Welcome to Kathy Weber’s Fundraiser
Help me to raise money for global lung cancer research! At least 50% of the funds raised will be donated to the IASLC Foundation. Associated with the International Association for the Study of Lung Cancer (IASLC), the IASLC Foundation enables young investigators to make important discoveries and improve the lives of anyone affected by lung cancer. It is critical that young investigative minds are able to pursue new research and build upon the discoveries of their predecessors. It is important that we keep the excitement and interest in research in order to continue to make positive and meaningful contributions to lung cancer for generations to come.
In the spring of 2014, I started having trouble with my shoulder that included some muscle atrophy and nerve pain. My physical therapist suggested something bigger was going on and worried I might have a tumor somewhere in my right upper chest. He suggested I get a chest X-ray and an ultrasound of my lymph nodes. I thought he was crazy. I felt great and was back to training hard for a figure bodybuilding competition.
I managed to get in to see my GYN nurse practitioner and passed along my PT’s suggestions. I am sure she thought I had lost my mind. I told her I just needed the order and I was happy to pay out of pocket for it. Despite her scepticism, she ordered my exams. I was very nervous, but my ultrasound went off without a hitch and then I was off to get the chest X-ray. When it was done, I asked if I could see it. The tech informed me he could not tell me anything, but he was happy to let me look at it. To my disbelief they had only taken a picture of my right clavicle – just a small portion of my right upper chest. I asked why he did not take a full chest X-ray. Turned out it was only ordered as a clavicular X-ray. I was so discouraged and now worried about how I might have to call my nurse practitioner back to ask for a FULL chest X-ray, and I knew she already thought I was half crazy. I was beginning to think so myself, but if my PT thought I could possibly have a tumor somewhere in my chest – I wanted to see ALL of it.
I came back to work at Castle Rock Adventist Hospital the next day and headed down to radiology to get the report from my two exams. The ultrasound was normal. But the chest X-ray showed a tiny pulmonary nodule. I had no idea what this meant, but the radiologist, recommended I follow up with a CT of my chest. My story continues on in kind of the same fassion as above. I began to think most of the professionals I met over the next two weeks thought I might be crazy as well. Here they were looking at a healthy, very active, non-smoking female with no family history, who thinks she has a tumor in her chest because “her PT said so.”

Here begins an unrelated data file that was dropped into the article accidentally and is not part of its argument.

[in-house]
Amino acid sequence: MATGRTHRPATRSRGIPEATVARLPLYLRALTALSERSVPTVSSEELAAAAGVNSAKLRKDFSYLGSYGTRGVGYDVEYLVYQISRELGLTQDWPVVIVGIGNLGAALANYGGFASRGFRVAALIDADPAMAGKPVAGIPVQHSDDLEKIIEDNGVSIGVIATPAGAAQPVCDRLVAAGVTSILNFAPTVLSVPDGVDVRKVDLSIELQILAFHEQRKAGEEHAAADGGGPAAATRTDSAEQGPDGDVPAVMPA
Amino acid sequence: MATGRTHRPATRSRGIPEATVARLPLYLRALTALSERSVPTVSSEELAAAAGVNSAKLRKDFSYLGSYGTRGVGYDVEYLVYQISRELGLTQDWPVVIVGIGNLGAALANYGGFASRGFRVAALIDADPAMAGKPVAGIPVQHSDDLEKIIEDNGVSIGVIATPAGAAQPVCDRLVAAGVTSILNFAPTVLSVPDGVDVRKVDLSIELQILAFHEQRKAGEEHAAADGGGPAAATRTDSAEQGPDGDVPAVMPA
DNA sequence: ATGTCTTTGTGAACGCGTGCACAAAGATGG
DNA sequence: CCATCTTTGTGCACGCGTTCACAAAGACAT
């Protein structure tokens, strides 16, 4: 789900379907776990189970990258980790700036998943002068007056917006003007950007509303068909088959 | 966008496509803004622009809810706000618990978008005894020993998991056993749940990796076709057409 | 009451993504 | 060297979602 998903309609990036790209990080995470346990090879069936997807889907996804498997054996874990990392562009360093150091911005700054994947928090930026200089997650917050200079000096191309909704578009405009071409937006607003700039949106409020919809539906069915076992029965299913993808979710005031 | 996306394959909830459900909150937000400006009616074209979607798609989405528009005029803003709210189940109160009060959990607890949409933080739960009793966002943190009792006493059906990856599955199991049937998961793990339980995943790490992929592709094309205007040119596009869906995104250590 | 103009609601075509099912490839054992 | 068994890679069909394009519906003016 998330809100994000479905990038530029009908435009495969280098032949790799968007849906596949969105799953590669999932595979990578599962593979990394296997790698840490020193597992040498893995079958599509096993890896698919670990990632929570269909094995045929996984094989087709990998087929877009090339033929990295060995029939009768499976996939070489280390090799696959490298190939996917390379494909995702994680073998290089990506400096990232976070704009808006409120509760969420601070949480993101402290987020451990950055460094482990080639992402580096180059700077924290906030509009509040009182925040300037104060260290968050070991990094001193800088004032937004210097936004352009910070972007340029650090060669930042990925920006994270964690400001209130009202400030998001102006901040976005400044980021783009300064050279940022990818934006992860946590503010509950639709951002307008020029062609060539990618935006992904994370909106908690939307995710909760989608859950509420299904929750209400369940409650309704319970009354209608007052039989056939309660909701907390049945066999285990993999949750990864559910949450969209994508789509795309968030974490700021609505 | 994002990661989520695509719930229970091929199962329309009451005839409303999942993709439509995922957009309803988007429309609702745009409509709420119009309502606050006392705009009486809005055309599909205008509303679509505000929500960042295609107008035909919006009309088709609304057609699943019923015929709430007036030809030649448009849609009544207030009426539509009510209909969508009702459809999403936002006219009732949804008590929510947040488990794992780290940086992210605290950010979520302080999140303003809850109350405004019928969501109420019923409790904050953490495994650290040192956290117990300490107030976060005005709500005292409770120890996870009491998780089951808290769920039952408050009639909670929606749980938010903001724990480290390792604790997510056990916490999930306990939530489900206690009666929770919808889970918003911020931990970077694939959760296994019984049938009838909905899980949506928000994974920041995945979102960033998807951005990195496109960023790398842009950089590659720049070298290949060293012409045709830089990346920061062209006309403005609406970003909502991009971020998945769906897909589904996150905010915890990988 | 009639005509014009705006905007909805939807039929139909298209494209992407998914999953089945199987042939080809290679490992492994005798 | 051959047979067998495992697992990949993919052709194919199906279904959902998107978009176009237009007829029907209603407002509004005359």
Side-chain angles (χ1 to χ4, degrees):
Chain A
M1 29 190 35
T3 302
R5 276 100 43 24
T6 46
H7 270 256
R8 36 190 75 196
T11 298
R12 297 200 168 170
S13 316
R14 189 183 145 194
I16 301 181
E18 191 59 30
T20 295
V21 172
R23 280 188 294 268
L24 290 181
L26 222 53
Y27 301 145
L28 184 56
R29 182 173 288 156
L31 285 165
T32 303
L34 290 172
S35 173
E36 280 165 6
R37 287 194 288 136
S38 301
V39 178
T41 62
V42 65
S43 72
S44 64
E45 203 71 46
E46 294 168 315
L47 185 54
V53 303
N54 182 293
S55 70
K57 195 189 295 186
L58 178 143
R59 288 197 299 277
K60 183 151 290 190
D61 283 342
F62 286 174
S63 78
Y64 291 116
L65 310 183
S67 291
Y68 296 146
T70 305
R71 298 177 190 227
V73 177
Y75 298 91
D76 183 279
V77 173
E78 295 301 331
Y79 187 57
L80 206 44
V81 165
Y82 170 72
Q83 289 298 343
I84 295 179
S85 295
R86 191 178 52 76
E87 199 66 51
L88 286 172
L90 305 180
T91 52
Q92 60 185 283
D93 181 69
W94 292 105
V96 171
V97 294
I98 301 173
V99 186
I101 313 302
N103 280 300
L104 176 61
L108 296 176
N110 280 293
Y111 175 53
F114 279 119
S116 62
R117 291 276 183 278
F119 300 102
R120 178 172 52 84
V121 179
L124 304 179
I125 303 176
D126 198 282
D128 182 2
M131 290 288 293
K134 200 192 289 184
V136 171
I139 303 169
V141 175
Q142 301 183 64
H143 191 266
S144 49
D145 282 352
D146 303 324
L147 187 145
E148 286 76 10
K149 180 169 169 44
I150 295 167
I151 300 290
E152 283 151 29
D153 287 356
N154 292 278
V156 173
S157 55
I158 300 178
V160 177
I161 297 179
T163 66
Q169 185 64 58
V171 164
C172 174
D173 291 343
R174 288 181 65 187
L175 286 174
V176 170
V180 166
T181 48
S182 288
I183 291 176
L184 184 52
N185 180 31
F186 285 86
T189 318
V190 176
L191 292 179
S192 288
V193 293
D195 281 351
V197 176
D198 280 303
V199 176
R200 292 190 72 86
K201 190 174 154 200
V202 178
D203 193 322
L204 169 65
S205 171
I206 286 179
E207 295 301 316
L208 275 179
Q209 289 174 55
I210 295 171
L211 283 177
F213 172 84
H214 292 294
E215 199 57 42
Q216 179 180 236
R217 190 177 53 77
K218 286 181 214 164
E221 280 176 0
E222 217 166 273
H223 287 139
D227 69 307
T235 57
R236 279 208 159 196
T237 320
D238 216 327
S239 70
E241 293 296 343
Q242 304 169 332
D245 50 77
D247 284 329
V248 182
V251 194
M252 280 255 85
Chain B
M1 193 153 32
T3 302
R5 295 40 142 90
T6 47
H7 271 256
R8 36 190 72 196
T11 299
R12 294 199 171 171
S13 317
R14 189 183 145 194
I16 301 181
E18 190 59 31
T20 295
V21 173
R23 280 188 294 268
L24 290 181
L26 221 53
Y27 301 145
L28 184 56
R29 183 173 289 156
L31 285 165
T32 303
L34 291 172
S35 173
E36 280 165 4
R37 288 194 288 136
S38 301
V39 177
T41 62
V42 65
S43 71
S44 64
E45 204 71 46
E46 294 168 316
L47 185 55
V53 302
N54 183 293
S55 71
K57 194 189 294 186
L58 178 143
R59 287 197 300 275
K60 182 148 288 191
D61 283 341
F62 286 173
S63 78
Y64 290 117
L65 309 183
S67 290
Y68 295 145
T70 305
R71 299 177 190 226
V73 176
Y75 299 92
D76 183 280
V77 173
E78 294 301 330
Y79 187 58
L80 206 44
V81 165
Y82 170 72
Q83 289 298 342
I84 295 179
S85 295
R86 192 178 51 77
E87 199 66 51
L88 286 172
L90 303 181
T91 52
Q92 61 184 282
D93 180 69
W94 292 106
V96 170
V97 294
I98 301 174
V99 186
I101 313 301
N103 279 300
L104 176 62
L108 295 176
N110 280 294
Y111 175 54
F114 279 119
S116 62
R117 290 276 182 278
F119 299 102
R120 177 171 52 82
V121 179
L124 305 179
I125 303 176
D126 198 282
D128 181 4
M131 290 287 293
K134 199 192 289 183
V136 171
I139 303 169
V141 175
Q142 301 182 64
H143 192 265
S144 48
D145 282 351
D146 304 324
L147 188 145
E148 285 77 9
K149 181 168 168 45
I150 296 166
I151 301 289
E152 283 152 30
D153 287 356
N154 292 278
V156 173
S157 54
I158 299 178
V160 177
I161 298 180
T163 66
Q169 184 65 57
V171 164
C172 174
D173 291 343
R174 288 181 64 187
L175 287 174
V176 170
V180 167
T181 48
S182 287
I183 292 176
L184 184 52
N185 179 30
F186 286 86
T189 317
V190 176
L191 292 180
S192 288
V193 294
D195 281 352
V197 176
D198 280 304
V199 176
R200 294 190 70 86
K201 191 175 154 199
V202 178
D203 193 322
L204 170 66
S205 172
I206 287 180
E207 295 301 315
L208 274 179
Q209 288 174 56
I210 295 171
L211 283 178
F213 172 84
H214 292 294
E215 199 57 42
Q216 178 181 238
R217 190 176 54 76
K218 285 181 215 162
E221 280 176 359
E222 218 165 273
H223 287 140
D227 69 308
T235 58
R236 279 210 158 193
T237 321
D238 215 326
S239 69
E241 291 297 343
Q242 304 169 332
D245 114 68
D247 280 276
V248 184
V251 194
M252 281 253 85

About a week later I had a CT that suggested this “thing” in my chest might be a fungal infection. I thank God every day that I am in healthcare and KNEW this did not make sense. I picked up a copy of the disc of my chest CT and brought it back to our radiology department, hoping I could get a curbside consult. The radiologist on that day was willing to give an “unofficial” second opinion. He looked at my clavicular X-ray and his first comment was what a great job the first radiologist had done at picking up the pulmonary nodule. He said he bet most radiologists would miss it all together, because it was so small. I think it was 0.4 mm. TINY. Next, he looked at my CT. Based on his professional opinion he did not think “it” looked infectious and acutally felt it looked cancerous. I went from needing my shoulder looked at to now having CANCER. How could this be?
I have since had the right upper lobe of my lung removed and was diagnosed with Stage 1a adenocarcenoma. My recovery has been scary at times, yet so rewarding. I spent six days in the hospital after the surgery with a chest tube. My doctors told me the best thing for me was to walk. The first morning after discharge from the hospital I set out for a walk at my home. Our driveway is long and has an incline. I made it down the driveway, downhill, just fine. Walking back up the hill, I thought I would die. I literally could not breathe. I wondered how this was all possible, still in shock. Just one week prior I was running up this very driveway, doing sprints. Now, I was doubled over, wheezing and gasping for breath. Slowly, one step at a time, I made it. Each day I would take a few steps more. By two weeks post op I was walking 2 ½ miles per day. Every day I was aware of each breath and learned to love the sound of my harsh, wheezy breathing. Each breath became my new motivation and strength. I countinued to push and was to compete in a figure bodybuilding competition 10 months later. My competition was a way for me to regain some control. I had lost a lot of muscle mass over this past year, but was happy in my results and the reward of getting on stage.
I am very happy to tell you that I am now a lung cancer survivor. I still struggle with breathing when I work out but countinue to push myself in the gym anyway. I believe that my physical health and strength contribute to my well-being and helped me with my recovery. It’s my armor, allowing me to take on anything that comes my way. I continue to work hard in the gym rebuilding muscle and getting stronger. I am hoping to compete one more time. Why? Because with each breath, I can!
For my bodybuilding picture: Here I am with my Aunt Christi the day of competition. This picture is extra special for me since my Aunt is a lung cancer survivor as well. We now share this crazy amazing bond called lung cancer.
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